I toddled off to Seoul this weekend to do some people watching and to see what I could collect using the iPhone 4S camera (my usual optics are being dysfunctional!). Here are the results, Insadong, ‘The Palace of Prospering Virtue’ Changdeokgung, Bukchon Hanok Village, the 63 Building, Saetgang Eco Park and Cheonggyecheon Stream.
On Saturday I spent the first couple of hours, firstly observing the old folk in Tapgol Park (Jongno 3 Subway Station) and then trudging through the August showers in Insadong. Also known as Pagoda Park, Tapgol Park is located at the former site of Weongaksa Temple and is from the Joseon era. It was the first modern park constructed in Seoul. Weongaksa Temple existed during the Goryeo Dynasty, but renamed when it was enlarged by the Joseon’s. It was destroyed during the reign of Yeonsangun and Jungjong due to the policy of repressing Buddhism. The park is of great historical value and national pride as it was the starting point of the March 1st, 1919, Independence Protests and there are monuments around the park to commemorate this.
From here just across the main road is Insadong which is undeniably touristy. Weekend crowds and inflated prices conjoin to make that obvious. In saying that it doesn’t prohibit the neighbourhood’s many tea shops, antique shops, calligraphy stores, restaurants and art galleries from retaining their own giddy charm. It’s a challenge to install a mall in an old area and not be appalled by the result.
In all its offbeat eccentric glory, Ssamzie-Gil (쌈지길) has managed to enhance and add a youthful vibe to the community, not annihilate it. The open-air, four-level structure plays host to impish art installations and features a peripheral ramp that tilts both window shoppers and serial spenders past tiny shops selling clothing, crafts and jewelry. There is a lovely open air café on the top deck and a wall encrusted with the love tokens of countless Seoul Romeo’s and their Juliet’s.
Mr. Sinatra was 20 minutes late, traveling prostrate on a subway train from Pyeongtaek. During the journey he was apparently attacked by an irritating mother and her over-zealous ambition to try and force her perambulator onto the train. We met at Anguk station and ate lunch at Mins Club where old-world architecture meets new-world cuisine. The restaurant is housed in a beautifully restored 1930’s hanok. The original name of the Mingadaheon (Min’s club) was Minikduga (Minikdu’s home), but the place was renamed and remodeled in 2001. Minikduga was designed by Gilryong Park (1898∼1943), the pioneer of Korean- modern architecture. The exterior of the building looks like a traditional Korean house while on the inside it is decorated in a with Victorian furniture, fireplaces and traditional 30’s wallpaper. We had the set menu with Confit of Duck @ 31,000 won. From here we strolled over to Changdeokgung before a trek over to Bukchon Hanok Village for some enticing views over Seoul.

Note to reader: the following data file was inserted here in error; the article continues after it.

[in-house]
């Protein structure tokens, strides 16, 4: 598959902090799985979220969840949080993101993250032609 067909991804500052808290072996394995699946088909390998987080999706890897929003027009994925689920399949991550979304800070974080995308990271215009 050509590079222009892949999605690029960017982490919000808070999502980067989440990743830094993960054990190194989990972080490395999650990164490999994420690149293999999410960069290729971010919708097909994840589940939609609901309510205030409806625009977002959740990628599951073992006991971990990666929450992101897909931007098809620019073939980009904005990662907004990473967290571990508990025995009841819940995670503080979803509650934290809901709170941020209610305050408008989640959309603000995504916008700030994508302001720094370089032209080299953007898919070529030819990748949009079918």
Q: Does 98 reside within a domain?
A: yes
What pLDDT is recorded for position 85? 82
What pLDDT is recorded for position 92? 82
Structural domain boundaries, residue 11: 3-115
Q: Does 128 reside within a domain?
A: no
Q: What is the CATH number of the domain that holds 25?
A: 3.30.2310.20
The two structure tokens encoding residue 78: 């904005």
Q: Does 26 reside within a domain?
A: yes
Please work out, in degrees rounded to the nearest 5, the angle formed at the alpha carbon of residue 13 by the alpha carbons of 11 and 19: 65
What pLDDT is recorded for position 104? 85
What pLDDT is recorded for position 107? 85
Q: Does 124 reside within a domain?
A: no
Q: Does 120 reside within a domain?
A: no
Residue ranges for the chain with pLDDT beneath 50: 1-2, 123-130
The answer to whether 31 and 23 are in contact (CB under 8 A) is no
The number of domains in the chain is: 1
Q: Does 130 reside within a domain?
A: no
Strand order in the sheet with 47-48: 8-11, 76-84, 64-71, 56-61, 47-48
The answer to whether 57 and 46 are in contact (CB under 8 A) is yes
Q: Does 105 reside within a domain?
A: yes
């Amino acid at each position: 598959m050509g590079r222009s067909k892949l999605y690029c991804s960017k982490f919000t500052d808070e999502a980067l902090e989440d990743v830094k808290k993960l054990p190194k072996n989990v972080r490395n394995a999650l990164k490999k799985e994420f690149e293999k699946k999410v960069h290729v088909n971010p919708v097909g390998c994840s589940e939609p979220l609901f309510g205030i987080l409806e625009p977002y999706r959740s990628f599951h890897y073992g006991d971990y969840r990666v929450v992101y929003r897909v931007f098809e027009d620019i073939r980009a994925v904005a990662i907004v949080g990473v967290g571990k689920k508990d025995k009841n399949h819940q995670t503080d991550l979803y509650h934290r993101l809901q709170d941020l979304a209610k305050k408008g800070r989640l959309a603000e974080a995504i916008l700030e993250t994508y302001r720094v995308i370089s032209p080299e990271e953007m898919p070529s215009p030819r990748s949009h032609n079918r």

On the way back to the guesthouse Songwontel near the Jongno-3 station we stopped off at a Cafe Bene and took on the famous Blueberry Smoothie.
In the evening I fancied eating at one of the street restaurants, just outside the guesthouse are a multitude of these eateries. Unfortunately my appetite for seafood was destroyed by a series of encounters both on the East and West coasts of SK and seafood was the dinner on offer. We found a place with a spicy soup and Kimchi pancake which was surprisingly good. This area of Jongno is very lively on the weekend and we found a number of stylish bars in which to imbibe a couple of Cass beers.
The following morning after alighting at Yeouinaru Subway Station (Seoul Subway Line 5) we took a 10 minute stroll through the Han River Public Park (past cycle hire) to the 63 Building (known as the yooksam Building, 육삼빌딩), which has stood on the eastern tip of Yeouido Island since 1985. It is hard to miss if you are in the vicinity and unsurprisingly, given its name, it has 63 floors but is actually 60 stories high (3 are below ground). The gold shine reflects the Seoul sunlight like Wonka’s golden ticket. When it opened to the public, it was Asia’s largest building. Since then it has been far surpassed, however it remains a major attraction in Seoul because it is home to around 90 stores, an aquarium, IMAX theater, art galleries, wax museum, as well as several major financial institutions. It has on the first three (above ground stories) a stunning piece of corporate art made up of hundreds of perspex tubes, some containing roses and which is backlight to form a futuristic wall space. Outside and hidden partly because of current construction work, is a modern tree sculpture which provides some interesting photo opportunities for non-conventional views of the tower.